Monday, June 30, 2008
Screen was huge--maybe too huge--and Emile showed up from LA, to hang with Sonada-san.
The film buzzed and dazzled. And, weirdly, it was all too earnest.
Saturday, June 28, 2008
Courtesy of pals at Warner Bros., tomorrow night I'll be in the media section for the Japan premiere of the Hollywood "Speed Racer" film.
While its reception has been less than rosy in the US, the film will screen in Tokyo on Sunday night on what's billed as the largest screen in the world in Tokyo Dome.
We shall see. Literally.
Finally, a few reflections on last weekend's Temple University conference and digital living in my latest column for the Daily Yomiuri here.
Also: Another Akiba stabbing? Otaku are flocking to Nakano.
Friday, June 20, 2008
I will be participating in a panel of presentations under the rubric "Digital Dysfunction and Exclusion" as part of Temple University Japan's Digital Youth in East Asia conference this weekend (detailed info here).
My panel will be held this Sunday, June 22, from 3 to 4:30 p.m. Tomohiro Kato's behavior in Akihabara exactly two weeks earlier has raised the urgency of such topics a notch or two.
An international roster of scholars, writers and their ilk will be on hand, and I am honored and humbled to be appearing alongside Duke University Professor Anne Allison, author of Millennial Monsters among other fine books.
The conference is free and open to the public. If you're in Tokyo, please join us.
Thursday, June 19, 2008
Sunday, June 15, 2008
Naturally, I've revised my comments somewhat in light of last Sunday's events in Akihabara.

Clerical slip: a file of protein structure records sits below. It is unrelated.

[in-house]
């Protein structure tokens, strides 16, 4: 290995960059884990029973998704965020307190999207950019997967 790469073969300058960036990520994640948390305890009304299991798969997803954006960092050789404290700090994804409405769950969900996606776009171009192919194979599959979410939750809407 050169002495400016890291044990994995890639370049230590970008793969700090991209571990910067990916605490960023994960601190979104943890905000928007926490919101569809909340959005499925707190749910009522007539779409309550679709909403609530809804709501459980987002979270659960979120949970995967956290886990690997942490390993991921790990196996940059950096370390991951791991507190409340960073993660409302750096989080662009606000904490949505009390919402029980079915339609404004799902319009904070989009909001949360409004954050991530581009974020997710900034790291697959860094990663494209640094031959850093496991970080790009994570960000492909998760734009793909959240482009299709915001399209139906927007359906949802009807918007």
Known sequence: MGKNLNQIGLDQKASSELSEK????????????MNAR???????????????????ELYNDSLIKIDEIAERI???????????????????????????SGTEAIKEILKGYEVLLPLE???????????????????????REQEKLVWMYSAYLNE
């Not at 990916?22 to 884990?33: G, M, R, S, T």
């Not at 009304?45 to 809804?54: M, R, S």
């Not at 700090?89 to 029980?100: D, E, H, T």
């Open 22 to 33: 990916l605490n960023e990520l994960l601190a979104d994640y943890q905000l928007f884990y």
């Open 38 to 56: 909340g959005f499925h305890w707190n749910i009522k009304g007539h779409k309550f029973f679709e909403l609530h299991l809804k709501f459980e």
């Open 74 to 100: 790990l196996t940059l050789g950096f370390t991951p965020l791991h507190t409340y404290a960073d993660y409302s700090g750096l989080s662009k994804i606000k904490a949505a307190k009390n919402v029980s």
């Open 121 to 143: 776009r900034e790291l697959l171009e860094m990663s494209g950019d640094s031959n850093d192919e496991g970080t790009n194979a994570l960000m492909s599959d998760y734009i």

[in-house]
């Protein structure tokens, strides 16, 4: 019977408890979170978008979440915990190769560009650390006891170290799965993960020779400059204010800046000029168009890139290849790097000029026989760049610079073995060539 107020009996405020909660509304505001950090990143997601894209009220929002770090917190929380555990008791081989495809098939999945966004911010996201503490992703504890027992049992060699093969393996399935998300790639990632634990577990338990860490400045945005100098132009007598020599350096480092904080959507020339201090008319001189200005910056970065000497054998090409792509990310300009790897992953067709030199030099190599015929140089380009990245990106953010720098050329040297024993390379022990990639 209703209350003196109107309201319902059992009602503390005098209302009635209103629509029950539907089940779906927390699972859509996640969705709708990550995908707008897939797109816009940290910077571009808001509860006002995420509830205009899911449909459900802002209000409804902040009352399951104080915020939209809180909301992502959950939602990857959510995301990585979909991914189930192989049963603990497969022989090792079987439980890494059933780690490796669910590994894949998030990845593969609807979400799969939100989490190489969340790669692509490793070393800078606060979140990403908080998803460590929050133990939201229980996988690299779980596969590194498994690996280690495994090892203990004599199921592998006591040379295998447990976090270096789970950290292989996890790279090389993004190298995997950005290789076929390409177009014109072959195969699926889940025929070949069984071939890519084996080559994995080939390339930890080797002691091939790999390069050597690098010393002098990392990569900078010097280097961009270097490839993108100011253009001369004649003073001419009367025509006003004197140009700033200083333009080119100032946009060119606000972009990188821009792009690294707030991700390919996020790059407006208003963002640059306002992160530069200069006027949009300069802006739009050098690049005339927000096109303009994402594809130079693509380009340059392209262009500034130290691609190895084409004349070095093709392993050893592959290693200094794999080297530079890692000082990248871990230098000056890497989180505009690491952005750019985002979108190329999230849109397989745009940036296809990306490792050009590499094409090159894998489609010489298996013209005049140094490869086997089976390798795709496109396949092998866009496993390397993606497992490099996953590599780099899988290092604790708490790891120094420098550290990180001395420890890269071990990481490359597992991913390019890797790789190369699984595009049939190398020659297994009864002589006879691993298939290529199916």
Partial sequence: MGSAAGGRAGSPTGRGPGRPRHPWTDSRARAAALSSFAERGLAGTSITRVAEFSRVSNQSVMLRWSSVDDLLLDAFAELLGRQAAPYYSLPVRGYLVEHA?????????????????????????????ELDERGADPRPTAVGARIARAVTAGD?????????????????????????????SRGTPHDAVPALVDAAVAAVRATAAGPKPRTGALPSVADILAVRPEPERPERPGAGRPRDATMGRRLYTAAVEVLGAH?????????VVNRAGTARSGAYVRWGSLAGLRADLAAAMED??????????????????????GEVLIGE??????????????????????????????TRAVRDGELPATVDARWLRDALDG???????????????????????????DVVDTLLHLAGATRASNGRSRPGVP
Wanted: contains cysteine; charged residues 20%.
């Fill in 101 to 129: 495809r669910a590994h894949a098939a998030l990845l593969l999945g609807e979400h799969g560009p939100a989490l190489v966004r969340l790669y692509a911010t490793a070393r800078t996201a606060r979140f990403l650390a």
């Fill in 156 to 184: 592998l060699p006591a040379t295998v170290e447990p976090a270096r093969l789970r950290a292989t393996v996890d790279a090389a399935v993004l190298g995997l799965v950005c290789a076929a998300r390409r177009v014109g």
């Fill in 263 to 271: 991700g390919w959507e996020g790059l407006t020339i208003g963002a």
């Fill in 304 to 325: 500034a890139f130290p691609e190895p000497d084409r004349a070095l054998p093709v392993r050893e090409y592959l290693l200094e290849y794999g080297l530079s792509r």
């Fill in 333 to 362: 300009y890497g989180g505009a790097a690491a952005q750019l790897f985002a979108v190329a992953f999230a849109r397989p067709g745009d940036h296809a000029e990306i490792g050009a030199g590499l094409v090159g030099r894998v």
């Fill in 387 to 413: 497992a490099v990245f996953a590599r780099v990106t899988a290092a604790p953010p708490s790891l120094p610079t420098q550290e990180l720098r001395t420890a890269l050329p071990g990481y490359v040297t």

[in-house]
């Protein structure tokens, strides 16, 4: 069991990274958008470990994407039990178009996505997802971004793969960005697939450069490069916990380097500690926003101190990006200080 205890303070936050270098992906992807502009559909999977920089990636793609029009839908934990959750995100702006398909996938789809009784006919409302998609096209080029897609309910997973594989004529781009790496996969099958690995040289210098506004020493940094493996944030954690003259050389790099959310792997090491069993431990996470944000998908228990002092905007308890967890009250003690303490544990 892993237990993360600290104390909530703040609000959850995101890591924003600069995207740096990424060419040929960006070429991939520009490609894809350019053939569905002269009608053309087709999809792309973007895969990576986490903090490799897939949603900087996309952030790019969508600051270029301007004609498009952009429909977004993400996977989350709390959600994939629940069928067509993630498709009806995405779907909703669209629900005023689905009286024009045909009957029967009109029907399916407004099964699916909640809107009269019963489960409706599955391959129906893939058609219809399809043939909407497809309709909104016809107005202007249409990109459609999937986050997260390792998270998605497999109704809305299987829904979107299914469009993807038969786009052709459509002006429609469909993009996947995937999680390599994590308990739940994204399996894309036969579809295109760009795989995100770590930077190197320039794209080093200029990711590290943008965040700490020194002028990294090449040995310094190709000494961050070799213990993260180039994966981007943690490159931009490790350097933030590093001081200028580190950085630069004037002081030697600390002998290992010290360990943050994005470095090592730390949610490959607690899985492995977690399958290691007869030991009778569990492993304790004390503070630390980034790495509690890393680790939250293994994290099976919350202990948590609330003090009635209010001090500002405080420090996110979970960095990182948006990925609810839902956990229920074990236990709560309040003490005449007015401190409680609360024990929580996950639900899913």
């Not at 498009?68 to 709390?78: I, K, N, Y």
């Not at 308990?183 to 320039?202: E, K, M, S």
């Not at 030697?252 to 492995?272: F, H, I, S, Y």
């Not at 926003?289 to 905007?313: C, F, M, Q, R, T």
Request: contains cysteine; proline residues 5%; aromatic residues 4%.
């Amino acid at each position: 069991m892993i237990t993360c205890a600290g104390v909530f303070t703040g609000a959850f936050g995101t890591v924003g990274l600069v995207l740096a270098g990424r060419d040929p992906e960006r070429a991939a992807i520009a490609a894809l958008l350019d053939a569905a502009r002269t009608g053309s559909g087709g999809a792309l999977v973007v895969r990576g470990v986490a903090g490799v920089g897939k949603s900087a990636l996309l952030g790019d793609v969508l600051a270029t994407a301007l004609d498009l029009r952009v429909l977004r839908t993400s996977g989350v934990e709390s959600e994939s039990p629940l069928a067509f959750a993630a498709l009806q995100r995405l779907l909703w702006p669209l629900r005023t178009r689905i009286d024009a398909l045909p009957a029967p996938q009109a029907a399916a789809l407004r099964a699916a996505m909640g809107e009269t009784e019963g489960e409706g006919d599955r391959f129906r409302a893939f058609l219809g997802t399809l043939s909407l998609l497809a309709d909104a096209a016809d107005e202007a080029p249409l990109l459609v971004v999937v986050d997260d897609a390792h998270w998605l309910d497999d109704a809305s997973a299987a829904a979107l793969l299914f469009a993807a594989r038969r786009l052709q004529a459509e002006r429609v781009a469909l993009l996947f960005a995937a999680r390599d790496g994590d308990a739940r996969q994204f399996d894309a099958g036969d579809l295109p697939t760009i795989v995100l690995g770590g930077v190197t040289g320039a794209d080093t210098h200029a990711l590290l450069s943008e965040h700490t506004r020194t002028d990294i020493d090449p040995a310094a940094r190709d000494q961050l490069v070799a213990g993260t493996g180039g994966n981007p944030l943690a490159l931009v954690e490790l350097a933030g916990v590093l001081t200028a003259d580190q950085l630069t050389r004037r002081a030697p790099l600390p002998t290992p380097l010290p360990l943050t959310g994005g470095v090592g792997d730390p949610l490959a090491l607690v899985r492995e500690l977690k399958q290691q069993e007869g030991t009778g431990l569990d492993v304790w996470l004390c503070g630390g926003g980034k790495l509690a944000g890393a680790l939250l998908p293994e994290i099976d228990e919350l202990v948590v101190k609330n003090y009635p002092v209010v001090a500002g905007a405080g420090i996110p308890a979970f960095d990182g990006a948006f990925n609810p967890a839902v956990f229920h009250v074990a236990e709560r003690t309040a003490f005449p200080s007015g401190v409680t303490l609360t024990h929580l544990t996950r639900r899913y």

The talk is open to the public and will be in English (by default, I'm afraid). The official announcement is here--in Japanese, of course:
日時：2008年6月17日（火） PM 4:30-5:30
講演タイトル： "Transnational Desires: The Meanings and Methods Behind Japan's Global Appeal" [トランスナショナルな欲望：日本のポップ・カルチャーが世界にアピールするもの]
著書Japanamerica: How Japanese Pop CultureＨas Invaded the U. S.（邦訳『ジャパナアメリカ：日本発ポップカルチャー革命』) でケルツ氏は、アニメ・漫画・文学・芸術・オタク文化等の日本のポップ･カルチャーがいかにアメリカに浸透していったかについて論じています。この講演で は、Japanamericaの内容を紹介しつつ、執筆後の進展を踏まえて日本文化の国境や文化を越えての魅力と欧米人たちが熱望するものとの関係を解説 します。（パワーポイントやDVD使用。）
アメリカ出身の作家でジャーナリストでもあるケルツ氏の著書Japanamerica: How Japanese Pop Culture Ｈas Invaded the U. S. (New York: Palgrave Macmillan, 2006) は、2007年に『ジャパナアメリカ：日本発ポップカルチャー革命』（永田 医 訳 ランダムハウス講談社) として邦訳されました。ニューヨークの文芸雑誌『ア・パブリック･スペース』の編集者や『デイリー・読売』紙のコラムニストとしても活躍なさっています。 ケルツ氏のフィクション、書評、インタービュー、エッセイなどは『ヴィレッジ・ヴォイス』、『プレイボーイ』、『サロン』、『ゾーイトロープ』、『ヴォー グ』、『ジャパン・タイムス』に掲載されて、アメリカのラジオ局ネットワーク『ナショナル・パブリック・ラジオ』にも出演なさっています。
主催：成城大学 文芸学部 英文学科
お問い合わせ：成城大学 文芸学部 共用研究室 tel.: 03-3482-9412
Friday, June 13, 2008
Wednesday, June 11, 2008
We're back onstage this Sunday night, courtesy of Amnesty International Japan. If you're in Tokyo, we'd love to see you there:
"Rock For Human Rights"
Admission: 1000 yen
WHAT THE DICKENS, Ebisu
Doors open at 5:30 p.m.
ALi-MO Music :
7:30 p.m. till 10:30 p.m.
Monday, June 09, 2008
The absurdity and sadness of random murder, and the inconsolable grief of the beloved of the dead and injured, is the story--and it's not a story, per se, but a reality. As of this writing, seven people are dead, and 10 injured, for no reason other than being in Akihabara, Tokyo's mecca of electronics and pop culture, at midday on Sunday.